(Courtesy Belize Audubon Society)
Belize is blessed with more than 500 species of birds, 80 percent of which are residents. Compare this number to the 650 species found in all of North America and Mexico and you will agree, "Belize is a birdwatcher's paradise".
Where to Find Birds in Belize
With the types of birds to be found dependent upon the type of natural habitat you are in, experienced Ornithologists as well as beginners will find birding throughout the Belize District a rewarding experience. Whether on a remote island, on a jungle walk or in the backyard of your hotel you are bound to encounter spectacular plumage, stirring calls or the steady drumming of a hummingbird's wings.
Following are some common species to be found in:
- Coastal areas - brown pelicans, magnificent frigate birds, laughing gulls, osprey, seagulls, Ruddy terns, brown boobies.
- Bird Caye - This large rookery lies in the Northern Lagoon and can be heard before it is clearly observed, as it is the nesting area for white ibis and egrets. There are always other species of birds there also adding to the noisy clamor.
- Wetlands - Roseate spoonbills, great egrets, green, blue, the not so common boat-billed and agami herons, northern jacana, and the endangered Jabiru Stork at the Crooked Tree Wildlife Sanctuary.
- Grasslands and savannahs - the fork-tailed and vermilion flycatchers, a variety of tiny seedeaters, tanagers and the ever present roadside hawk.
- Broad leaf forests - Montezuma's Oropendula with its colony of hanging nests in tall trees, blue crowned mot mot, on forest floor - great tinamou, black faced antthrush midstory - sulfur rumped flycatchers high in forest canopy - Belize's national bird - keel-billed toucan
Best Times for Birding
The best time for birding is usually outside the hottest part of the day, making early morning and late evening ideal times. However, there are many sightings under the canopy on jungle walks even during the day. This makes birding a likely event on almost any tour that you take; however, if you have a strong interest in birding, be sure to let your tour provider know well in advance so that:
- You have a knowledgeable birding guide
- Your tour times are set for optimum timing (e.g. a pre-dawn departure for a tour or walk)
Other Wildlife Watching
While birding in Belize is an anywhere anytime activity, spotting other wildlife is a combination of local knowledge, patience, and a little luck. Tropical animals are well camoflauged and usually hear, see or smell you long before you see them. Fortunately, the Belize District has a number of spectacular opportunities for an up close and personal view of tropical wildlife.
Crooked Tree Wildlife Sanctuary
Partially surrounding the lagoons is a Logwood savannah/swamp, the largest continuous stand of these trees remaining in Belize. Marsh, semi-evergreen/deciduous broadleaf forest, pine/oak savannah and pasture are the other vegetation communities in the sanctuary, along with abundant submergent aquatic vegetation in the lagoons.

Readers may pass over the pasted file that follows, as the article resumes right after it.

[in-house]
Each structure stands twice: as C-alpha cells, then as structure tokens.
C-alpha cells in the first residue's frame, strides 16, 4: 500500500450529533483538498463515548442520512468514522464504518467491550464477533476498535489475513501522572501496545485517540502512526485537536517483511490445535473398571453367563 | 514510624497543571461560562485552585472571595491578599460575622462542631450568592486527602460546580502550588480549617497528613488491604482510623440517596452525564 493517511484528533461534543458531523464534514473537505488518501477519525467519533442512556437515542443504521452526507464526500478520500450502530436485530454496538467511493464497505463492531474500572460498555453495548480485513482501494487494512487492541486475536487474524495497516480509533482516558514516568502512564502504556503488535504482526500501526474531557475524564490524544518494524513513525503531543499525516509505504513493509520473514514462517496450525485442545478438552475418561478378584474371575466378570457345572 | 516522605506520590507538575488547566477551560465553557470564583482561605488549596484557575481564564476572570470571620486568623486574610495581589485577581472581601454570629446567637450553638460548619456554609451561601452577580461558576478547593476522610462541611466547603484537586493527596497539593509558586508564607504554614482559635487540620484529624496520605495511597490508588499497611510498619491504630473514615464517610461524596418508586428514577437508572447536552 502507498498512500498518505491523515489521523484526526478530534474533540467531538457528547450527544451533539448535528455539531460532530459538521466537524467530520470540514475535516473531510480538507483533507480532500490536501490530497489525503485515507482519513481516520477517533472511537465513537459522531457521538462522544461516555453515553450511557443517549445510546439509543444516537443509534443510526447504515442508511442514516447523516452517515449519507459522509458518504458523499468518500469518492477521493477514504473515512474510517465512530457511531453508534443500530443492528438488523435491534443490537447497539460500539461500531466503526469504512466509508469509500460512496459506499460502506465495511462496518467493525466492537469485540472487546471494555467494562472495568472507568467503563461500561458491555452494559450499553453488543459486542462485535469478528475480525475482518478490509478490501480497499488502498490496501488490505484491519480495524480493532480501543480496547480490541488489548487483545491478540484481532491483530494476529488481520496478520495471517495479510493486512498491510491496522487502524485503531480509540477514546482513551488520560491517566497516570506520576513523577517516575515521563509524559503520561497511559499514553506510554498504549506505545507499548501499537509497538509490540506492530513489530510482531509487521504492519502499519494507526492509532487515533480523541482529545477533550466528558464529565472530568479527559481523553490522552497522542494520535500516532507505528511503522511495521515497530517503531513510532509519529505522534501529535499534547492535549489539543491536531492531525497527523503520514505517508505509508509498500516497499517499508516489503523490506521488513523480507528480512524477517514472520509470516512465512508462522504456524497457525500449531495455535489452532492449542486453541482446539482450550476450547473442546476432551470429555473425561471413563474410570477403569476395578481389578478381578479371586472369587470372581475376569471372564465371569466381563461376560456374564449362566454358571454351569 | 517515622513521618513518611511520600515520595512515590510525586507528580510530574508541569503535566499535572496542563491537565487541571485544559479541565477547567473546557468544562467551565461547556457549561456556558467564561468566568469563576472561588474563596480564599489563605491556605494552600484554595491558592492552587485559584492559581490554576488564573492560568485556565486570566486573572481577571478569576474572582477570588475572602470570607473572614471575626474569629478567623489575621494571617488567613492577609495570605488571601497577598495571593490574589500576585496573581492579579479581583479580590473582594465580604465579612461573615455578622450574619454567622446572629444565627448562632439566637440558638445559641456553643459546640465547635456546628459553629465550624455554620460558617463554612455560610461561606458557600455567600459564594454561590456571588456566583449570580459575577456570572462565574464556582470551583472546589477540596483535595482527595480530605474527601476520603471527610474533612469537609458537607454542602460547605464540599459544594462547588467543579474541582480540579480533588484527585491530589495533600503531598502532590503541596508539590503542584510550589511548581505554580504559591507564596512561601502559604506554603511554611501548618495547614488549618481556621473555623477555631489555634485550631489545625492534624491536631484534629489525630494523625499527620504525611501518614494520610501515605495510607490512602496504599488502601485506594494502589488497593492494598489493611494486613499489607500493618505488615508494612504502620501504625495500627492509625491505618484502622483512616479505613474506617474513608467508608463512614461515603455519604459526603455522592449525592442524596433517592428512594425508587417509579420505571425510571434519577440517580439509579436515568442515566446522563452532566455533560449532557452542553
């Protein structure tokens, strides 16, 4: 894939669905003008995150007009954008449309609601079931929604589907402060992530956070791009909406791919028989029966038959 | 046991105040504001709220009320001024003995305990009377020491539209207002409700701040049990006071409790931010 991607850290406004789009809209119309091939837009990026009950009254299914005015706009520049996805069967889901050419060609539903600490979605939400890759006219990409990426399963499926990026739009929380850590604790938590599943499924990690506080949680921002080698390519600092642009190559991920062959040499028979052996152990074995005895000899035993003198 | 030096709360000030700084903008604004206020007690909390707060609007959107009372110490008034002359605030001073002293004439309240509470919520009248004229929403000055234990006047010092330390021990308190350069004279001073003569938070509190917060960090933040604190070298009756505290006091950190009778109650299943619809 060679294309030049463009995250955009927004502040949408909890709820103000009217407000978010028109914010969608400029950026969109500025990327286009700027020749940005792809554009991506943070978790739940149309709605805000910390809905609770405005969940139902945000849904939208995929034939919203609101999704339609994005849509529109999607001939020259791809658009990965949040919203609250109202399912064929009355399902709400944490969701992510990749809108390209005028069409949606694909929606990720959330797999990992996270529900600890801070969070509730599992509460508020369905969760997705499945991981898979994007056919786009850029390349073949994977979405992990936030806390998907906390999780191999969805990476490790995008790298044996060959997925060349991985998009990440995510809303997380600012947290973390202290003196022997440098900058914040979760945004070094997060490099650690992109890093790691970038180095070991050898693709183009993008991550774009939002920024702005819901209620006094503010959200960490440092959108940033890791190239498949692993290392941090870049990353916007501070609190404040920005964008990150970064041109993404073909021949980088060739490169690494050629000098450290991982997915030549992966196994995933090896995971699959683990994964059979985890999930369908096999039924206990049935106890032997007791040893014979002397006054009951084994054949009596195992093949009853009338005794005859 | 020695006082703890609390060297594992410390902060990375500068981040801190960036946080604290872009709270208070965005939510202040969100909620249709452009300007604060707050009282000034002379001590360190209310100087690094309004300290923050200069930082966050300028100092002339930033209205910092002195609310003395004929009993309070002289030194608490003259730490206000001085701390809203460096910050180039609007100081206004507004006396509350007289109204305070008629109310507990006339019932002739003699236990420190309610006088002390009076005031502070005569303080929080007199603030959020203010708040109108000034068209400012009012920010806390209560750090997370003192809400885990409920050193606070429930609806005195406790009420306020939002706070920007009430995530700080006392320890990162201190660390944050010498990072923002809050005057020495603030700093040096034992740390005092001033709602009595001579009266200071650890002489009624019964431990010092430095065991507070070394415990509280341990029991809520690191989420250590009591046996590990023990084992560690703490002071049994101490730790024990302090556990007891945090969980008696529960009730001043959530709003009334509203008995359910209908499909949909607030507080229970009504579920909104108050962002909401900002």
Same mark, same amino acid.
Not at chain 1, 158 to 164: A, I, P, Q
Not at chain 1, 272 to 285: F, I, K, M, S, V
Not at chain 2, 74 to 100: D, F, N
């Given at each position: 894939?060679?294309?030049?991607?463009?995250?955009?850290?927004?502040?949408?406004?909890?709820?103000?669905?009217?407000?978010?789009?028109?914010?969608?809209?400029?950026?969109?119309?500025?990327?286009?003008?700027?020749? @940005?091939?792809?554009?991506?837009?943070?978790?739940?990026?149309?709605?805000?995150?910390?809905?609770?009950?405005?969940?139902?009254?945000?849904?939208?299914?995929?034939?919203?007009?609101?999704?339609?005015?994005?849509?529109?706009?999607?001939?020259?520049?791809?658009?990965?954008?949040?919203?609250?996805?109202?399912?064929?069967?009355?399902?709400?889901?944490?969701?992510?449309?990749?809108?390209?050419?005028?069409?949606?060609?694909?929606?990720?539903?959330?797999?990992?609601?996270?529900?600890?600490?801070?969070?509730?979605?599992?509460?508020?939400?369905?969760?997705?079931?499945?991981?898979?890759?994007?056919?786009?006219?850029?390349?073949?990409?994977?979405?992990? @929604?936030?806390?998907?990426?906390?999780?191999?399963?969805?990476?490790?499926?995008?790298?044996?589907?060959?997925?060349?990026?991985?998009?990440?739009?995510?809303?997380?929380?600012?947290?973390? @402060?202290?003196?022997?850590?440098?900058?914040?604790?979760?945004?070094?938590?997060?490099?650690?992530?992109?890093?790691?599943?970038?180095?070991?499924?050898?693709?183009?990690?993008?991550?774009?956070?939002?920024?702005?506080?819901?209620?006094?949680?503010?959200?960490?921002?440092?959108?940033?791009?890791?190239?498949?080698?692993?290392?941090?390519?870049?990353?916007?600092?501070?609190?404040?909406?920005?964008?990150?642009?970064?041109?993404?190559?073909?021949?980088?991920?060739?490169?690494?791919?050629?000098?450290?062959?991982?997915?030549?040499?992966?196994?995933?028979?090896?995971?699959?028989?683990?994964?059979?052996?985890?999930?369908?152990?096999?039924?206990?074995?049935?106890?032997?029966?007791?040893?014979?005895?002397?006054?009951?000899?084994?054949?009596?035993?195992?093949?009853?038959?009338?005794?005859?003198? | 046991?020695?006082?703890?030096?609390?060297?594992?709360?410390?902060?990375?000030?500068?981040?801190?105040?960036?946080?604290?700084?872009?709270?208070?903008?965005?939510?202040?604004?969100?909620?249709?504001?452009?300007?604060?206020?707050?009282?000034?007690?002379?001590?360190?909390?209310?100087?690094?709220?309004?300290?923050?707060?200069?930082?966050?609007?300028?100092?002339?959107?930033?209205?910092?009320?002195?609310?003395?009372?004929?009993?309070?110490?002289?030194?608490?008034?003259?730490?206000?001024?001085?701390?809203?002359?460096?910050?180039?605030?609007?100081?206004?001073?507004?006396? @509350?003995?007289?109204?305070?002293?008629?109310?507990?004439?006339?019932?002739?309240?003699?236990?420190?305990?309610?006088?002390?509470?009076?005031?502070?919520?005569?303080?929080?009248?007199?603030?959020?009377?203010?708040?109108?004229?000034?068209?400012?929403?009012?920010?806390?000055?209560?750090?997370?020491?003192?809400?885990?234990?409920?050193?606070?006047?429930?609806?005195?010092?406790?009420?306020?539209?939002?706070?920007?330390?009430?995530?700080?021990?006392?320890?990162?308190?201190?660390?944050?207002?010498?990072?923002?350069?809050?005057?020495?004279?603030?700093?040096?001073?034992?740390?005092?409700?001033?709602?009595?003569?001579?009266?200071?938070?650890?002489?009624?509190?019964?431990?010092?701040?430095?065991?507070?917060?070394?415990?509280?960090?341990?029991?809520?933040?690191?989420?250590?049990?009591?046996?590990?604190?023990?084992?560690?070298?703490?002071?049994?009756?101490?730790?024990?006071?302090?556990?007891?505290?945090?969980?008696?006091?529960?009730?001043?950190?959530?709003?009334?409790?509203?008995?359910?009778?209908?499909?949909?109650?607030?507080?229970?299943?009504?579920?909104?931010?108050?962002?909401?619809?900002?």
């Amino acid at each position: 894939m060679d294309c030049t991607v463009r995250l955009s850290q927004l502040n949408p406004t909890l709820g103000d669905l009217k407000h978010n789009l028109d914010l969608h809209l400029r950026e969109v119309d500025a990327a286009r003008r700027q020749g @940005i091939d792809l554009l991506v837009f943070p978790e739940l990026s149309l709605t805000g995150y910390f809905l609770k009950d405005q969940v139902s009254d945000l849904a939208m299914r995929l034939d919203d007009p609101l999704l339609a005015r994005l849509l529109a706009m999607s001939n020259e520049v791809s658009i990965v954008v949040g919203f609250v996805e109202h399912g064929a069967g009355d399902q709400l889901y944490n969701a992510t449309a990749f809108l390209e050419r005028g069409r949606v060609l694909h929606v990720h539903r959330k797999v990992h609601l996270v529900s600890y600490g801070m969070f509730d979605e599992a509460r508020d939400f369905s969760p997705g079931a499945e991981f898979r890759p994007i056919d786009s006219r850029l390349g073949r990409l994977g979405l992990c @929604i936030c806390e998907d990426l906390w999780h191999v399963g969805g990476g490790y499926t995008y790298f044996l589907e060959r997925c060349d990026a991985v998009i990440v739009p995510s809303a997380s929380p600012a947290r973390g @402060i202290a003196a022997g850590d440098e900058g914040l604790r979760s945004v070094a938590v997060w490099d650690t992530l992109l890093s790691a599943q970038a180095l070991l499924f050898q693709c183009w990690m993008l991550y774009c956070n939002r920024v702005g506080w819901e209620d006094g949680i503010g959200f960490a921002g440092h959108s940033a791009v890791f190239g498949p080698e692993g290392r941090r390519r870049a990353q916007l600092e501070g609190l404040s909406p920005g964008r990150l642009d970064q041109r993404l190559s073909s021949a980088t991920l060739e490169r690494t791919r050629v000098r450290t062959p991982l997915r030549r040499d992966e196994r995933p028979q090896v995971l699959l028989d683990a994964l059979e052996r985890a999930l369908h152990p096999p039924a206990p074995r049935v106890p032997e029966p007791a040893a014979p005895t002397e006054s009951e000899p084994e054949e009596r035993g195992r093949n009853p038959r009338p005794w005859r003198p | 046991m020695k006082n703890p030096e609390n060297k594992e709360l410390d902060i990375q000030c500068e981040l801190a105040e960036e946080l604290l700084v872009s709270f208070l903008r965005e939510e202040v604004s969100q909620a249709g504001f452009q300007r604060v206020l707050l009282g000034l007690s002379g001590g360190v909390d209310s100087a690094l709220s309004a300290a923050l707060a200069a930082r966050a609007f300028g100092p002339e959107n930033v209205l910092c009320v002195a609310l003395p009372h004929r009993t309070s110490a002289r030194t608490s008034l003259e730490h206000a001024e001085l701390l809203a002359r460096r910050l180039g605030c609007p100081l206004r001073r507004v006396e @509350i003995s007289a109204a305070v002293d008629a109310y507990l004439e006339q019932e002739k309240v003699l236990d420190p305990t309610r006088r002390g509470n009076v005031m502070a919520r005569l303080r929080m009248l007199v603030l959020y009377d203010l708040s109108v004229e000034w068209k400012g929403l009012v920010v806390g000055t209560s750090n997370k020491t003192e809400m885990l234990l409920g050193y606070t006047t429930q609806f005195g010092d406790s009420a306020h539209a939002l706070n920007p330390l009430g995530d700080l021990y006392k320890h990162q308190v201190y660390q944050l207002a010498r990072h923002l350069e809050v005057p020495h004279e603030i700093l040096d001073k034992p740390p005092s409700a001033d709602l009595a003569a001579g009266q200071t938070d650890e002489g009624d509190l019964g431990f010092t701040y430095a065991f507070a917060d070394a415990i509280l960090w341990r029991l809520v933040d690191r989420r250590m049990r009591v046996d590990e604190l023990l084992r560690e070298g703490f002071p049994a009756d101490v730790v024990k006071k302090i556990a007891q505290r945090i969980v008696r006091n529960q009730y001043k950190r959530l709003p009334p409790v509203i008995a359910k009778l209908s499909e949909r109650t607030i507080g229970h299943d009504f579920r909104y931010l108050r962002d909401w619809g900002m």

Community Baboon Sanctuary
As well as the abundant bird life, Crooked Tree Wildlife Sanctuary holds a growing number of Morelet's Crocodile. Other mammals include black howler monkeys and Central American otters. All Belize's species of freshwater turtle are found in the Reserve.
The Black Howler Monkey, locally known as the baboon in English or the "saraguate" in Spanish, is the main species of interest in the sanctuary. It is possible to approach within a few feet of these primates and observe them feed, groom or howl. A total of 28 troops were identified in the area in 1985. The Howler population grew from 840 at this point to over 1000 by 1988. A variety of other mammals are found in the reserve or nearby, including Baird's Tapir and the Jaguarundi. Reptiles include Morelet's Crocodile, Iguana and the Central American River Turtle. Local people report that deer are beginning to re-appear.
Although manatees can be spotted almost anywhere along the coast of Belize, the Belize District provides two of the most likely spots to "guarantee" sightings. First is the "manatee hole" approximately 200 yards off the north end of Gales Point in Southern Lagoon. A bottom depression, fed by warm underground springs, attract the manatee. The manatees rise for air every 25 to 30 minutes. Some are more easily seen as they bear the tags of the local researchers. As is the case with observing any animal in the wild, it takes patience.
The other location is just a 40 minute speed ride to Swallow Caye. Swallow Caye is one of Belize's newest protected areas and is the home for a relatively large population of the manatees, so chances of seeing the manatee is almost 100 percent. These gentle creatures are usually found feeding or playing in a deep murky hole behind the island or inside the creeks leading into the mangrove, so it can take a little time before you see them. The population of manatees at this spot is believed to be about eighteen adults and calves.
Manatees are curious animals and most of the times they come right next to the boat good for excellent close up pictures. Manatees are also called sea cows and long ago were once believed, by sailors, to be mermaids. Turtle Grass is what attracts these ungainly yet graceful mammals to these two locations, which they feed on almost exclusively. Manatee are inquisitive animals, yet easily intimidated.
For More Information
- Search for information or ask a question on the Belize Forums.
- Check the SERVICES page for tour operators.
- Search Belize.Net for wildlife or birding tour websites in Belize.
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